Saturday, 2 May 2015

Why not everyone is enthusiastic about the Arrowsmith Program

Recent media reports such as this one in The Age have again drawn attention to the Canadian-based Arrowsmith Program for addressing the needs of struggling learners.

What could possibly be wrong with a program that

" founded on neuroscience research and over 30 years of experience demonstrating that it is possible for students to strengthen the weak cognitive capacities underlying their learning dysfunctions through a program of specific cognitive exercises"?

What parent or teacher would not want children to be able to strengthen "weak cognitive capacities", particularly if this occurs via a program of "specific cognitive exercises"? This sounds a bit like the process undertaken in pathology labs, where microbes in a particular bacterial infection are isolated under a microscope, so that antibiotic sensitivities can be ascertained, and targeted drug therapy can be prescribed.

If only that was how learning worked!

The Arrowsmith program makes liberal use of the kinds of words that are designed to hook parents and teachers and get them believing that this is a rigorous, scientifically-based intervention, offering something unique over and above what can be offered in a well-organised, evidence-based classroom curriculum.

Have a look at the Arrowsmith website, and put a dollar on the table every time one of the following terms appears:

  • cognitive
  • neuro
  • brain-based
  • neuronal
  • synaptic
  • neural sciences
  • cognitive-curricular research
  • brain imaging
  • targeted cognitive exercises
  • neuroplasticity

You'll certainly be a lot poorer at the end of this exercise! But perhaps you're not yet convinced of a need to activate your inner sceptic? Well have a listen to the videoclip interview with Dr. Lara Boyd, discussing neuroimaging studies of children and controls undergoing the Arrowsmith program (see homepage link above). Dr Boyd describes what sounds like a rigorous scientific study into the "changed brains" of children who have undergone Arrowsmith training, compared to those who have not (the control group).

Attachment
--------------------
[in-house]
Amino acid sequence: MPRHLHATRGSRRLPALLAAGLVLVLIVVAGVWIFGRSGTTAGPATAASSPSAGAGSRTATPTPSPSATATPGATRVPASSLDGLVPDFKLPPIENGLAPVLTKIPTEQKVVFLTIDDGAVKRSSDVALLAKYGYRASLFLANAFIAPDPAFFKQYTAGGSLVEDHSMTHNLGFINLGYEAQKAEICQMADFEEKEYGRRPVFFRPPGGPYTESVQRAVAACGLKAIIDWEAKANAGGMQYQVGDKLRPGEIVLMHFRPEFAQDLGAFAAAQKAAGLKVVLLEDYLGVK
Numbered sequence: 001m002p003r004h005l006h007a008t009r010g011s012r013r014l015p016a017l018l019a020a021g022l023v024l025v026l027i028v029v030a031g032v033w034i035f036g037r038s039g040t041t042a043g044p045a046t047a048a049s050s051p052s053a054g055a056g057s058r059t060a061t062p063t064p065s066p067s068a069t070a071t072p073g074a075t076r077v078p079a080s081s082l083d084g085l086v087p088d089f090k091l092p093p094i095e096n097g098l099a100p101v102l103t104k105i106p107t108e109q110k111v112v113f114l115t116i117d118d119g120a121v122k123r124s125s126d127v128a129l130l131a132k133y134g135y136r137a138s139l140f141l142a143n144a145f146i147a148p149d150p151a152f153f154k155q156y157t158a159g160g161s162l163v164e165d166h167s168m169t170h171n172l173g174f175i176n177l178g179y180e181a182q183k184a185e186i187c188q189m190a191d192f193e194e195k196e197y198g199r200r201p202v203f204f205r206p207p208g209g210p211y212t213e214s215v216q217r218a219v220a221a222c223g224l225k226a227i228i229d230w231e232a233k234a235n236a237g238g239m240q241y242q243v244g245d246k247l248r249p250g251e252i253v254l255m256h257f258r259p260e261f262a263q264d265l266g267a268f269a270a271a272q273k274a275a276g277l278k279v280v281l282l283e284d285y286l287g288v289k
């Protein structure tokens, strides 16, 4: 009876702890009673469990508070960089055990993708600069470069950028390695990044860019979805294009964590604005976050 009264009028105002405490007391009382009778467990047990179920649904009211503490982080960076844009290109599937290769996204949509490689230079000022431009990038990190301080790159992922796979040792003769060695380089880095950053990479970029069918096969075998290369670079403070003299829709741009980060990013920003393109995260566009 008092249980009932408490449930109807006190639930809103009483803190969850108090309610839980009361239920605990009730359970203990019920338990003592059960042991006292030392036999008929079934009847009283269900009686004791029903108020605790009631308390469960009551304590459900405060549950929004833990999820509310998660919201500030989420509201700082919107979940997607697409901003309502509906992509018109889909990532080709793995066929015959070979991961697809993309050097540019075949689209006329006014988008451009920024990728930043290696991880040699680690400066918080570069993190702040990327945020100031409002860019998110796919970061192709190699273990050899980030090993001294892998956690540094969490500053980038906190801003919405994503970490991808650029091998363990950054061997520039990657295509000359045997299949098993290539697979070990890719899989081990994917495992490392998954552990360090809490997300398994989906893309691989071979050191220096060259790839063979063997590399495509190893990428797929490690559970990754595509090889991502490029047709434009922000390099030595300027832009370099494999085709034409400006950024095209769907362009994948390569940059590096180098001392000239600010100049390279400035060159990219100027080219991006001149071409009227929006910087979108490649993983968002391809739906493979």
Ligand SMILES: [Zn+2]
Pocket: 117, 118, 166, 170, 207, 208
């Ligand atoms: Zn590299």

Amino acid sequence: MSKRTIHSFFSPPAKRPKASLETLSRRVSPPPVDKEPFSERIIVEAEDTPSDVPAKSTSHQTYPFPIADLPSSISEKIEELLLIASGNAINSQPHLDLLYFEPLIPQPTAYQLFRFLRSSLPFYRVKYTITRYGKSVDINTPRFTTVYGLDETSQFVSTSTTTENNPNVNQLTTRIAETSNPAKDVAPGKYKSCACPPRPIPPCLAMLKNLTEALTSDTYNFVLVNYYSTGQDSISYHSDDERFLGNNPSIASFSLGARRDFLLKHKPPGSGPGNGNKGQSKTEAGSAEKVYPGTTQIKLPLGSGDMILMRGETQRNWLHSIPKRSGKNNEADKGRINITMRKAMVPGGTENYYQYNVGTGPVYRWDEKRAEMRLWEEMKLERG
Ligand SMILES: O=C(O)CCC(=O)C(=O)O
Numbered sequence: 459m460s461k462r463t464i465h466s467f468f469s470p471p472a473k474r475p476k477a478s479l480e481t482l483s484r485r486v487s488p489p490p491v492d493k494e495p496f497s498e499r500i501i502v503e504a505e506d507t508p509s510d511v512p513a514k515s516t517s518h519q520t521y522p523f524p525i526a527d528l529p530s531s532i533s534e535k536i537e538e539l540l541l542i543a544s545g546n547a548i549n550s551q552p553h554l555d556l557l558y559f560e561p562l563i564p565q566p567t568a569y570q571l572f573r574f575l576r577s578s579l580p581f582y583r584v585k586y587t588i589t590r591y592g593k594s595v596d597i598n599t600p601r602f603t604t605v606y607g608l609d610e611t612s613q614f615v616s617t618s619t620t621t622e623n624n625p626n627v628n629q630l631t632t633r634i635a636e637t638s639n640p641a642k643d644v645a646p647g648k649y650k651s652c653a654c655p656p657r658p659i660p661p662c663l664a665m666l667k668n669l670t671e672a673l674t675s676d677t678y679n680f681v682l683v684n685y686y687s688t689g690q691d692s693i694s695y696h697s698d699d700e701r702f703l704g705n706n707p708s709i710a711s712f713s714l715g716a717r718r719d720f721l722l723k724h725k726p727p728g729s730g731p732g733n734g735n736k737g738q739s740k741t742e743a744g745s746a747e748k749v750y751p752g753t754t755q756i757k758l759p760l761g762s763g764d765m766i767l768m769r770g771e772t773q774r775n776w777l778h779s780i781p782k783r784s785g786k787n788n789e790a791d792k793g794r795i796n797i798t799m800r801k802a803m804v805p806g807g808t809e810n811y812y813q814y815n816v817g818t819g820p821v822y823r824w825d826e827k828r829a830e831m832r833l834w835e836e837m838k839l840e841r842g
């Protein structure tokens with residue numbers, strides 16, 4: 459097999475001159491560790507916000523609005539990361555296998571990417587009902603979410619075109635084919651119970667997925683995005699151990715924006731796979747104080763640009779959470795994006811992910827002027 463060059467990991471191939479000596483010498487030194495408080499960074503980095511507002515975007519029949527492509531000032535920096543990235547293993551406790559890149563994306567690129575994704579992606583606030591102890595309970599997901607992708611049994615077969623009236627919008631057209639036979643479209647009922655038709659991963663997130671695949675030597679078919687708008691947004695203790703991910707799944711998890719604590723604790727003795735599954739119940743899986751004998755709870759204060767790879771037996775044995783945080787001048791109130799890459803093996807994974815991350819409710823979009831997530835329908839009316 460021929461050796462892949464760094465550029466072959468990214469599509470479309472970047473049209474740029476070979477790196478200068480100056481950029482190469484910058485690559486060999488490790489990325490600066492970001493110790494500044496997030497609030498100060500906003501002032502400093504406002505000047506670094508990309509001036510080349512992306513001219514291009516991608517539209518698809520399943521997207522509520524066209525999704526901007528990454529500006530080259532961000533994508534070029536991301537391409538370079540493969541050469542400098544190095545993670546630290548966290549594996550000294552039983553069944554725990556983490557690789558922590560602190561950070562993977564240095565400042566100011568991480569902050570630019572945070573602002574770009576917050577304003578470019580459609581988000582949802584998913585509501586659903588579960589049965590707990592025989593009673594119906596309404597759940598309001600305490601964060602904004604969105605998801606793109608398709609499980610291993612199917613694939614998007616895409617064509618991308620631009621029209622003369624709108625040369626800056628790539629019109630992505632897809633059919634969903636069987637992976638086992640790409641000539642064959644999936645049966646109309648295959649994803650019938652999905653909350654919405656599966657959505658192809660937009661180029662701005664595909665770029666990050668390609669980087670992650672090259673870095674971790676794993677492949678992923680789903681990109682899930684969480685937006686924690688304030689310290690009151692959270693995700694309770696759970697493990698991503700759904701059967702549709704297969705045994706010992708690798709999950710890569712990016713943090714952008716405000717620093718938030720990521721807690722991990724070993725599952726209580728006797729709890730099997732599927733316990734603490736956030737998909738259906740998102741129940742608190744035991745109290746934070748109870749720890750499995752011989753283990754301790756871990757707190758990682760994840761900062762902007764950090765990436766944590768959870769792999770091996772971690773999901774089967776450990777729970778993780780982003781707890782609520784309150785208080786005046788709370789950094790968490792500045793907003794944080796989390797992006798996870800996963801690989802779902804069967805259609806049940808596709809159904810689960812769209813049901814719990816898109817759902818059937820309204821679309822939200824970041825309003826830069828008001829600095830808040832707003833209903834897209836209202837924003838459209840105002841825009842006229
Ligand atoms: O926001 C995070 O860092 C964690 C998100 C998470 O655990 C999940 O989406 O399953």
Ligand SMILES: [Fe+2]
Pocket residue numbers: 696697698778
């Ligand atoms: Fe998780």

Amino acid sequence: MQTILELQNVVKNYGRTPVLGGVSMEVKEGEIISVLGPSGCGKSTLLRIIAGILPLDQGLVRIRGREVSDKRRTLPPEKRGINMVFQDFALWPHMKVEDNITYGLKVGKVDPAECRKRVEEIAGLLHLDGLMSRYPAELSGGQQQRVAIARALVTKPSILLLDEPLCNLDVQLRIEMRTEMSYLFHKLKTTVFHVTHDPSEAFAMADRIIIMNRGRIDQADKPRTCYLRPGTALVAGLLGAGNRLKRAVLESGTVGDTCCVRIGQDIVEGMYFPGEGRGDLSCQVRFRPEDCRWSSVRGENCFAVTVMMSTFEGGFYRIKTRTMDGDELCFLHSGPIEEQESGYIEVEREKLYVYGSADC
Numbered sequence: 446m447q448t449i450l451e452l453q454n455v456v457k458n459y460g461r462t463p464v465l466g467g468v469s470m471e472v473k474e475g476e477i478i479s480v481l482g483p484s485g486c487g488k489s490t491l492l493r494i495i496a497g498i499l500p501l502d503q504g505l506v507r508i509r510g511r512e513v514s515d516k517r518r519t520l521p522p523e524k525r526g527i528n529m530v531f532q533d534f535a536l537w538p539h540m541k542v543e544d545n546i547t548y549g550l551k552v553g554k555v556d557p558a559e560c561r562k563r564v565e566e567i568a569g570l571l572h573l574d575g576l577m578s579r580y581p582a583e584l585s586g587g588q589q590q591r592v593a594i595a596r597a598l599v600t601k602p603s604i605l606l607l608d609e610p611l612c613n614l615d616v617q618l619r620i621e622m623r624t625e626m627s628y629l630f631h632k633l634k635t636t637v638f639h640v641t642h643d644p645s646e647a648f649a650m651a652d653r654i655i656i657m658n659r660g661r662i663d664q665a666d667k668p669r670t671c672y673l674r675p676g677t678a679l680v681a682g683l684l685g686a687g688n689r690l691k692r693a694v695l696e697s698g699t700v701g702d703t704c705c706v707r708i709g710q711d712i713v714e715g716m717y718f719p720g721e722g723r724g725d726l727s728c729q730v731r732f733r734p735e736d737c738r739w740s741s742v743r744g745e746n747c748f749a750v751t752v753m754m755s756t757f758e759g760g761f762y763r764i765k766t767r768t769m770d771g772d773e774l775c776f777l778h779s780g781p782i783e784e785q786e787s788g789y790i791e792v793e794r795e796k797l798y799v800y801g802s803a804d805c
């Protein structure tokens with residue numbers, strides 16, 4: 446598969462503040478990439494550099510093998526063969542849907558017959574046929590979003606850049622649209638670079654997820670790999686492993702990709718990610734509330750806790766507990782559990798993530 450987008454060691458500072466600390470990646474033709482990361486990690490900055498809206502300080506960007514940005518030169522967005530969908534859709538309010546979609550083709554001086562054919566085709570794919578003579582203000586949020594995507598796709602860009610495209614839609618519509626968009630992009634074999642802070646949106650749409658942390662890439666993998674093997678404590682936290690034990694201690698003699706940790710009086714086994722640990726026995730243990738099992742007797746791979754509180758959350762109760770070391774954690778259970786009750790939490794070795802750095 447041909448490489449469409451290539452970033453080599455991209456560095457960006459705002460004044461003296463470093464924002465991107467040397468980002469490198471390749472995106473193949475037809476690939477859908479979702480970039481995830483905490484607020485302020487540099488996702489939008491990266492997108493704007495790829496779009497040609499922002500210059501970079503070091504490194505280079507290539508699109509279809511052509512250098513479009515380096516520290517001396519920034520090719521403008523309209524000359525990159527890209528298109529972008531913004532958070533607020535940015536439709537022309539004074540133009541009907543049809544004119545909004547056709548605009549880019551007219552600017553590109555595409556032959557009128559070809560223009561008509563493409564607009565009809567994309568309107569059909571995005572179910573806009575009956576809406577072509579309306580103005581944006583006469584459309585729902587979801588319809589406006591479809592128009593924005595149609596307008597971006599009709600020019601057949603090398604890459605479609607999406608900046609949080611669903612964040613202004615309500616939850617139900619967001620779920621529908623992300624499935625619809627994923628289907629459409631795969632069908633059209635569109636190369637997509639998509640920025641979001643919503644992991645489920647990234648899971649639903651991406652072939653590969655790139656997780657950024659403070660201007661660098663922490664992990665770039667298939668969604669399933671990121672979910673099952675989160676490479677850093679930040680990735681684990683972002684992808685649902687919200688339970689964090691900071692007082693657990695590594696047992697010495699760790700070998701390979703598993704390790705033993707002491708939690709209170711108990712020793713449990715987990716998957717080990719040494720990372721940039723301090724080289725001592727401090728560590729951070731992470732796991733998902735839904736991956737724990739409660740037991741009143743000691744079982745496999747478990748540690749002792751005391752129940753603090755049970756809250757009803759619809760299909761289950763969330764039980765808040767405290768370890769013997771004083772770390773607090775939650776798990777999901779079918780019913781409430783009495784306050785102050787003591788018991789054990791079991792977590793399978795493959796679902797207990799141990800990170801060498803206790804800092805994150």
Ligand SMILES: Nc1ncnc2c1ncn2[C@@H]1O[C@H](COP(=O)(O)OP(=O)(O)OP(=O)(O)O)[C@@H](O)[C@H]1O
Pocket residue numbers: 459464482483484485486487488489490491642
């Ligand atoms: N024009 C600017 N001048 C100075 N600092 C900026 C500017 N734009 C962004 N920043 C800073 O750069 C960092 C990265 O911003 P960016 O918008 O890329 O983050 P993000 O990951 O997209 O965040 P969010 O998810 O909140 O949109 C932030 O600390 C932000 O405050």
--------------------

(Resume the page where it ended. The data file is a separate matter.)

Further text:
What's the problem here?

The problem is that the good folk behind the Arrowsmith program have reduced an incredibly complex (and to a large extent, poorly understood) phenomenon (human cognition and its representation in the cerebral cortex) to a highly over-simplified narrative that mums and dads can "understand". It's a narrative that has strong face appeal, and encourages those without specialist knowledge or training to make a link between supposedly "known" activity in the brain and certain learning exercises.

If you were a parent of a child with learning difficulties, what would best motivate you to enrol your child in an expensive 3-4 year intervention (yes, that's right, 3-4 years)? Would it be the expectation that s/he would be performing at expected levels across the curriculum, or the reassurance (irrespective of academic outcomes), that s/he now has a thicker cerebral cortex and/or more myelinated neural pathways? I know what I'd be wanting as a parent.

To the best of my knowledge, the "evidence" in support of Arrowsmith comprises in-house research reports, conference poster-presentations, and satisfied client testimonials. Studies "in process" (as at 2014) include Effects of the Arrowsmith Program on Academic Performance: A Pilot Study - University of Calgary. One would have to wonder why a program that has existed for some 30 years, is only now at the point of collecting pilot data - yet it has been charging parents thousands of dollars over three decades, in the absence of robust, independent empirical data.

It is also notable that the first-listed publication at the link above is described as a "case study". Case studies are useful tools in elucidating the impact of a condition and also the response of a small number of individuals  ("cases") to an intervention.  Case studies are often an attractive marketing tool, as they are typically devoid of pesky statistics and other "dense" concepts that reduce their accessibility to lay readers.

In this case, clicking on the case study link reveals a PhD dissertation, which looked at 5 students, and concluded:

"Four of the five students experienced large and significant increases in cognitive, academic, emotional, and/or interpersonal functioning following their participation in the LDAS Arrowsmith program. One of the five students had much smaller gains in cognitive and academic functioning and experienced difficulties with emotional and interpersonal functioning following participation in the program".